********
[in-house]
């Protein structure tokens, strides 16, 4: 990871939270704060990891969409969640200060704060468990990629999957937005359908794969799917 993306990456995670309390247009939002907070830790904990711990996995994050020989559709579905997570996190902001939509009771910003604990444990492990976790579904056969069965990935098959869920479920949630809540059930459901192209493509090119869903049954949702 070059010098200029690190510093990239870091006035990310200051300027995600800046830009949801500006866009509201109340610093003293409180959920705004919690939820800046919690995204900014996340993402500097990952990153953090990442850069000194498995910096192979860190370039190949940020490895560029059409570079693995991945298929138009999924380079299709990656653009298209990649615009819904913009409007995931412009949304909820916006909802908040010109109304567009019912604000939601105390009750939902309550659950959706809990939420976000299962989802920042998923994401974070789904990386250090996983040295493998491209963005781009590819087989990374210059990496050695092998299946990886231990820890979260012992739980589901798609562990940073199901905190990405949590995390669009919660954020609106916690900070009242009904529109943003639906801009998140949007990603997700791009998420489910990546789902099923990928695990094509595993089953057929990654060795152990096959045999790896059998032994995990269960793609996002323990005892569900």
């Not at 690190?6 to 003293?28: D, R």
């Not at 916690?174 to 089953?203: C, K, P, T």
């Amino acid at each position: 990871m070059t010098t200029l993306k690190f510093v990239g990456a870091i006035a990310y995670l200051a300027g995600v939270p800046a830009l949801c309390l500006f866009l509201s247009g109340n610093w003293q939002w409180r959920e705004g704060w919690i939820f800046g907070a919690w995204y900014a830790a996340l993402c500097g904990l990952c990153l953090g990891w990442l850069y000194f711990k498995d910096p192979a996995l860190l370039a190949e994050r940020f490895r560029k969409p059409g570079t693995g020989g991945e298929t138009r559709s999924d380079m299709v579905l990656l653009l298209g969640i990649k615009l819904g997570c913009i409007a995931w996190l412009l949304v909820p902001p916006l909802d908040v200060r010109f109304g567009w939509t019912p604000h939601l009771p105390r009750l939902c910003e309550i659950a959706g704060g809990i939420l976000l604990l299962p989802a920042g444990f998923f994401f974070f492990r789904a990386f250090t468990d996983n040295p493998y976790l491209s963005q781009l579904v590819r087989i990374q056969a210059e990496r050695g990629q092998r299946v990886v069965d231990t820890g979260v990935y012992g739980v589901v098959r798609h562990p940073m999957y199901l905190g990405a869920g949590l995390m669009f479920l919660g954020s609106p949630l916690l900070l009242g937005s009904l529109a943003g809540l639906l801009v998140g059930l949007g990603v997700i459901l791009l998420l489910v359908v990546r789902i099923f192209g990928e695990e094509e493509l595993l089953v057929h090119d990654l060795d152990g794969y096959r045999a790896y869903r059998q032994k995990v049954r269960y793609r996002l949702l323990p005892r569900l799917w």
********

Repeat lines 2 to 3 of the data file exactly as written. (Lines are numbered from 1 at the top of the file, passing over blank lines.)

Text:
């Protein structure tokens, strides 16, 4: 990871939270704060990891969409969640200060704060468990990629999957937005359908794969799917 993306990456995670309390247009939002907070830790904990711990996995994050020989559709579905997570996190902001939509009771910003604990444990492990976790579904056969069965990935098959869920479920949630809540059930459901192209493509090119869903049954949702 070059010098200029690190510093990239870091006035990310200051300027995600800046830009949801500006866009509201109340610093003293409180959920705004919690939820800046919690995204900014996340993402500097990952990153953090990442850069000194498995910096192979860190370039190949940020490895560029059409570079693995991945298929138009999924380079299709990656653009298209990649615009819904913009409007995931412009949304909820916006909802908040010109109304567009019912604000939601105390009750939902309550659950959706809990939420976000299962989802920042998923994401974070789904990386250090996983040295493998491209963005781009590819087989990374210059990496050695092998299946990886231990820890979260012992739980589901798609562990940073199901905190990405949590995390669009919660954020609106916690900070009242009904529109943003639906801009998140949007990603997700791009998420489910990546789902099923990928695990094509595993089953057929990654060795152990096959045999790896059998032994995990269960793609996002323990005892569900």
């Not at 690190?6 to 003293?28: D, R």